How To Grow Flowers
Plant Type: Annual or Perennial
Light: Full sun to partial shade
Soil Type: Average
Soil Temperature: Varies°
ph Range: Varies
Plant (Payson): May 15+
Planting Method: Seed, transplant, roots or bulbs
Common Pests: Varies
Common Diseases: Varies
This is a very large category, one that cannot be addressed in depth here. Flowers are included with vegetables because they have more than an esthetic value in the garden.
All flowers attract bees and bees are needed to pollinate several of your vegetables. Plants with small flowers attract beneficial “good” bugs, many of which prey on “bad” bugs. Some flowers have scents or flavors that deter bad bugs.
Add flowers to your garden and enjoy their many benefits.
It’s almost always safe to prepare the soil for flowers with manure, compost and good tilling.
Buy seedlings at a garden center, usually starting in March and April. Violas and petunias can be transplanted before the last frost, but most flowers should not be planted in the garden until late May.
Many flower seeds can be started indoors 4-6 weeks before the expected transplant date. Flowers seeds grow exceptionally well if sown in the garden when the soil is warm.
Most flowers in this list will adjust to the same growing conditions you are providing for the vegetables in your garden. Average watering is sufficient for most although there a few that are considered low water use. Weeding your veggies will also work for the flowers you add to the garden.
Take the time to read about the flowers you would like to add to your garden. You will be rewarded every day, by their beauty, and pleased with their beneficial contributions to your garden.
Some of the varieties listed here are edible and and they may be dried.
This list is only a suggestion for the types of flowers that will benefit your garden. Plant your favorites!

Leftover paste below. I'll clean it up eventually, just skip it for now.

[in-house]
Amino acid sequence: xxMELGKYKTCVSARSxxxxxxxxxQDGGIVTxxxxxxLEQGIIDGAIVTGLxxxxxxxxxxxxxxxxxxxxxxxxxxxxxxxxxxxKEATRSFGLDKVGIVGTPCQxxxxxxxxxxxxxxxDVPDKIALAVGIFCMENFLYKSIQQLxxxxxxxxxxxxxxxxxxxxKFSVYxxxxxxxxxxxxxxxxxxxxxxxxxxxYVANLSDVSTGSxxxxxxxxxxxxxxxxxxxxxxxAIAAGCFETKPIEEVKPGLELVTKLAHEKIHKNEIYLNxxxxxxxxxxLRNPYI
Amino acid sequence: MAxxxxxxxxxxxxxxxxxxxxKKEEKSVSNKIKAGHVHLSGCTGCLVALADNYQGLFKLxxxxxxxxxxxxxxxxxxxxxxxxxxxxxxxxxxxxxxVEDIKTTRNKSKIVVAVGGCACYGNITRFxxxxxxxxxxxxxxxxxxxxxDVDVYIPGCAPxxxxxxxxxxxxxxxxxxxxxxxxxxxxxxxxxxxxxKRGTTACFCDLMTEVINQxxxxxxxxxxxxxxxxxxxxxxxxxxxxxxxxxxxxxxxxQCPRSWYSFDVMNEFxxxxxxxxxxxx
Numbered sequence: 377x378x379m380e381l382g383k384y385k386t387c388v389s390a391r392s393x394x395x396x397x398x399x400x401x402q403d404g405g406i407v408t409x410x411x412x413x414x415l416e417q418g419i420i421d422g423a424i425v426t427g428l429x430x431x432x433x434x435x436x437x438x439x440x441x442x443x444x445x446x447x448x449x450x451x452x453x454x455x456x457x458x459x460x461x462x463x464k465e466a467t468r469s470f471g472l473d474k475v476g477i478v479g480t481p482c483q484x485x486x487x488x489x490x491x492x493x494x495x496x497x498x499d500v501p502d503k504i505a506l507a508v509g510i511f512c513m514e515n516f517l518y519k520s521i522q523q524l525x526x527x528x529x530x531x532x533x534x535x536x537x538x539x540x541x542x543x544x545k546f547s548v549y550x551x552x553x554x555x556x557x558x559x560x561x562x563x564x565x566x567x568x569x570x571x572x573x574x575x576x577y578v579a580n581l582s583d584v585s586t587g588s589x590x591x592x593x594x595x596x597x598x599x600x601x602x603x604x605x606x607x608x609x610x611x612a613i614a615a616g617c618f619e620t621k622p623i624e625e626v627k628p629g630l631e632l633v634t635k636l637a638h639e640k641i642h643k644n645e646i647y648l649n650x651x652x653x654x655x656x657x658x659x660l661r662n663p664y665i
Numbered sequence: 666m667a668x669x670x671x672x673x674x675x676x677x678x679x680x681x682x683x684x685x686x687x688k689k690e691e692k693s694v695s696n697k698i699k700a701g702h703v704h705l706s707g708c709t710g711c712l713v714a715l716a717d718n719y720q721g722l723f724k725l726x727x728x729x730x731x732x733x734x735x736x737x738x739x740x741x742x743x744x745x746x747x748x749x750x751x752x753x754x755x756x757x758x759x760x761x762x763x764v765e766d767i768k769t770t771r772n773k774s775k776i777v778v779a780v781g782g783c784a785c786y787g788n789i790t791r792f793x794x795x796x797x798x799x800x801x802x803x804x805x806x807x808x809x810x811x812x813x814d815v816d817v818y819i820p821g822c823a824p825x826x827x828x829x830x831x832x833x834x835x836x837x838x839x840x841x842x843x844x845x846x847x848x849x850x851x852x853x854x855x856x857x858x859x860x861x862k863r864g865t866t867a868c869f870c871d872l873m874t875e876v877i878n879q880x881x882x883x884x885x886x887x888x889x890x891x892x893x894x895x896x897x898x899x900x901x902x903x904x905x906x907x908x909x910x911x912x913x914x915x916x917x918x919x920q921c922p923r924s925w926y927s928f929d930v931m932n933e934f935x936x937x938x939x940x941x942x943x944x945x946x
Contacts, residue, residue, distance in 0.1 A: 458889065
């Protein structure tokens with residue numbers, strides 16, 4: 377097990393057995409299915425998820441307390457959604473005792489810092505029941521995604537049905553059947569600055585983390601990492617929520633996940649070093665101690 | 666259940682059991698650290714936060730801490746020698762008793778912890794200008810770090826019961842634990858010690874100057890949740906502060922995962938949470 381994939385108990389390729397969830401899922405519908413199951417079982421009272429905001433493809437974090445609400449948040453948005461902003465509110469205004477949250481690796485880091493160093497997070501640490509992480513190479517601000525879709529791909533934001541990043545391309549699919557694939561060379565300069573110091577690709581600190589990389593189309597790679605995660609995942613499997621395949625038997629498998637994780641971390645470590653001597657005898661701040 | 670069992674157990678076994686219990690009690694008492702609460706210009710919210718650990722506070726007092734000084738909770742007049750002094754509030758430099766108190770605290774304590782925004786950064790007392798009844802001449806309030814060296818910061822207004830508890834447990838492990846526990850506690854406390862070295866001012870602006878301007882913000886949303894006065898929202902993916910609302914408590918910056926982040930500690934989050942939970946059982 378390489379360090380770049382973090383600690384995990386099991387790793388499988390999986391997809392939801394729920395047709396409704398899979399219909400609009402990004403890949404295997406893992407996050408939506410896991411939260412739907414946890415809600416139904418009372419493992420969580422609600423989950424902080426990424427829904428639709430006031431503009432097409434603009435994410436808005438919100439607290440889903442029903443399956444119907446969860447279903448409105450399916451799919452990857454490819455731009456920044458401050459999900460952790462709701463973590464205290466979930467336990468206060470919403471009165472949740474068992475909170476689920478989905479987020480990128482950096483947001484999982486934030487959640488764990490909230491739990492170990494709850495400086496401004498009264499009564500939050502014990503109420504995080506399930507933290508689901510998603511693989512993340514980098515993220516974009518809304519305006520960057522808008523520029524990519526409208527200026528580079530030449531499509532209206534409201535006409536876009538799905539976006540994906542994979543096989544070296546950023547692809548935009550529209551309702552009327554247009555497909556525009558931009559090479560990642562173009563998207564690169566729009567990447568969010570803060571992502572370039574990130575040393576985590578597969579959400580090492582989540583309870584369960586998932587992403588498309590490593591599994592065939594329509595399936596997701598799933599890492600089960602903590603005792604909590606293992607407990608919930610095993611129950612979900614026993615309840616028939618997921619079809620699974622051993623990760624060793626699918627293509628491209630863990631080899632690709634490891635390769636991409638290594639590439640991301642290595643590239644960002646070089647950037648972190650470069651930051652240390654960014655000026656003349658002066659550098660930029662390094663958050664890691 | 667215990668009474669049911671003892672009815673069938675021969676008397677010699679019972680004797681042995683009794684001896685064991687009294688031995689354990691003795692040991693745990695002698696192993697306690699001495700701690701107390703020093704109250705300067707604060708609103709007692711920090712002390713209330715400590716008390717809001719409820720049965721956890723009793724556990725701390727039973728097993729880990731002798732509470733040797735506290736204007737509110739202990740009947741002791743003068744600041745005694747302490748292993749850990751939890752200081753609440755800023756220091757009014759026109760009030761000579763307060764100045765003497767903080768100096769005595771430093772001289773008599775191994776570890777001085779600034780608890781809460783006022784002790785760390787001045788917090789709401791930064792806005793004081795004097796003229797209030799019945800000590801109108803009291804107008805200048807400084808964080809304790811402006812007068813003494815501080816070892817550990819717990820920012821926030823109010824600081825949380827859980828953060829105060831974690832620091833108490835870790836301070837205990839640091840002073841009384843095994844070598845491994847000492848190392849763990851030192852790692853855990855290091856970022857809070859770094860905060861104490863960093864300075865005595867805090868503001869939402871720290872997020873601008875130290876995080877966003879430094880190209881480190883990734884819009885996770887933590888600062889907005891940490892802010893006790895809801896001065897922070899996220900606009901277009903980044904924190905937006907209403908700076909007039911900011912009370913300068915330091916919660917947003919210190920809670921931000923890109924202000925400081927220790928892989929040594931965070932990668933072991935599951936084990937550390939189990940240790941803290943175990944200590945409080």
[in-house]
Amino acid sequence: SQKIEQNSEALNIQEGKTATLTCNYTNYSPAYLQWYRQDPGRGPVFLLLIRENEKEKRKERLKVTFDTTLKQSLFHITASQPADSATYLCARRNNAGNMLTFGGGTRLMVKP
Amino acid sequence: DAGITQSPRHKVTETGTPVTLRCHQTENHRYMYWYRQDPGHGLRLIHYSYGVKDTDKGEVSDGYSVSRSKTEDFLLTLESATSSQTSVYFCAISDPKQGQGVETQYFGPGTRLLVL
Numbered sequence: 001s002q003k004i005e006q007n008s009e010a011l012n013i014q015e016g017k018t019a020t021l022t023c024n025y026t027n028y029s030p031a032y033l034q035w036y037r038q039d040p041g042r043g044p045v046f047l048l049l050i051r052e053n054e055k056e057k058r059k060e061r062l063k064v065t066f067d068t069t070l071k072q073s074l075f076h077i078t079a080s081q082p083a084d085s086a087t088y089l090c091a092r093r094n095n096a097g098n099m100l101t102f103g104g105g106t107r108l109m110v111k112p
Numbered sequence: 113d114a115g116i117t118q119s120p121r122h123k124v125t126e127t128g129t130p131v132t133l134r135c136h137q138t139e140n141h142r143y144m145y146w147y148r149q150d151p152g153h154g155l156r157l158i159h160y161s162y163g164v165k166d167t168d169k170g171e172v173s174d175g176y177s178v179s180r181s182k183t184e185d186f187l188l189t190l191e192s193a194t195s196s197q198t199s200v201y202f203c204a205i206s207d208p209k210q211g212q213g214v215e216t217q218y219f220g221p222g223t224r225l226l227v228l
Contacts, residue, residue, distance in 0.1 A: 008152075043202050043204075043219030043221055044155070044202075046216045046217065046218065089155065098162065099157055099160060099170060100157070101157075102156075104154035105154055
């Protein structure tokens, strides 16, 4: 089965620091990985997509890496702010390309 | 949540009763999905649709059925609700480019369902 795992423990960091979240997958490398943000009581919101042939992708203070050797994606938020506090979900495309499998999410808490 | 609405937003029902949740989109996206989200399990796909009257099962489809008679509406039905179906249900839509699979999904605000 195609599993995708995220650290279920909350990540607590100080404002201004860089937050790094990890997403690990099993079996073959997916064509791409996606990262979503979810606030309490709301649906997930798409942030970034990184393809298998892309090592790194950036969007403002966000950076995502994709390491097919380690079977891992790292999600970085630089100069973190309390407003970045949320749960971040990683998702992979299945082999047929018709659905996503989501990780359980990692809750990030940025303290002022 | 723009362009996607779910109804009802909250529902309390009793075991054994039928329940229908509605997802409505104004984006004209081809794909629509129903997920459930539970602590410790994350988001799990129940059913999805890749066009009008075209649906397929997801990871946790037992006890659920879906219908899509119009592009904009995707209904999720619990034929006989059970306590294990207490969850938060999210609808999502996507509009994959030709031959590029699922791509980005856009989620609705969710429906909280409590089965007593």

Many herbs also provide a positive experience when incorporated into a vegetable garden. Click to see Gardening 101 -Herbs for more information.
Pick the blossoms from your flowers and enjoy the at home in bouquets of give to friends to enjoy. As with veggies the more you pick the more they will produce.
FLOWERS FOR THE GARDEN
Here are a few flowers that combine beauty with functIonality. Let’s talk about a few of the most common flowers planted in vegetable gardens and their uses:
Amaranth (Amaranthaceae): Plant with corn, it’s a host to predatory ground beetles.
Chrysanthemums (Asteraceae): This is the source for pyrethrum. It repels Japanese beetles and deters many other pests. Chrysanthemums are perennial.
Cosmos: Easy to grow from seed. This annual adds sparkling color and delicate texture to your veggie garden. Attracts Bees and Butterflies. Reseeds for next year.
Dahlia (Asteraceae): Repels nematodes. This is a perennial, grown from tuberous roots. Bank well with dirt or mulch in the fall to protect from freezing.
Geraniums (Geraniaceae): Repel cabbage worms and Japanese beetles. Good around corn, tomatoes, peppers, and cabbage. Plants also help distract beet leafhoppers. The plants sold as geraniums are actually pelargoniums. What you want are true geraniums, or cranesbill.
Marigold (Tagetes): Plant it everywhere in the garden. It’s scent drives off many predators. French marigolds kill nematodes and repel white flies around tomatoes, as such they are frequently planted in greenhouses. Mexican marigolds overwhelm weed roots and repel Mexican bean beetle and rabbits, but don’t plant next to beans or cabbages. Be sure to plant scented varieties. Flowers are edible.
Nasturtium (Tropaeolum): Deters aphids, squash bugs, striped pumpkin beetles, white flies, cucumber beetles and is a trap crop for aphids. Plant with radishes, cabbage family crops, tomatoes, cucumbers and fruit trees. Prefers poor soil and low moisture. Don’t fertilize them. All parts of the plant are edible and a great addition to salads.
Petunias (Solanaceae): Repels asparagus beetle, leafhoppers, some aphids, tomato worms and Mexican bean beetles. Plant everywhere. Tea made from the leaves can be a potent bug spray.
Sunflowers (Helianthus): Plant with corn to increase yield. It’s a great way to control aphids as sunflowers act as host plants to aphids. Plant them and watch ants busily carry aphids to them, thereby distracting these pests from your food crops.
Yarrow (Achillea): Technically an herb, Yarrow attracts predatory wasps and lady bugs and is a natural fertilizer.
Zinnia (Asteraceae): This is a trap crop for Japanese beetles. The flowers also attract humming birds that eat white flies.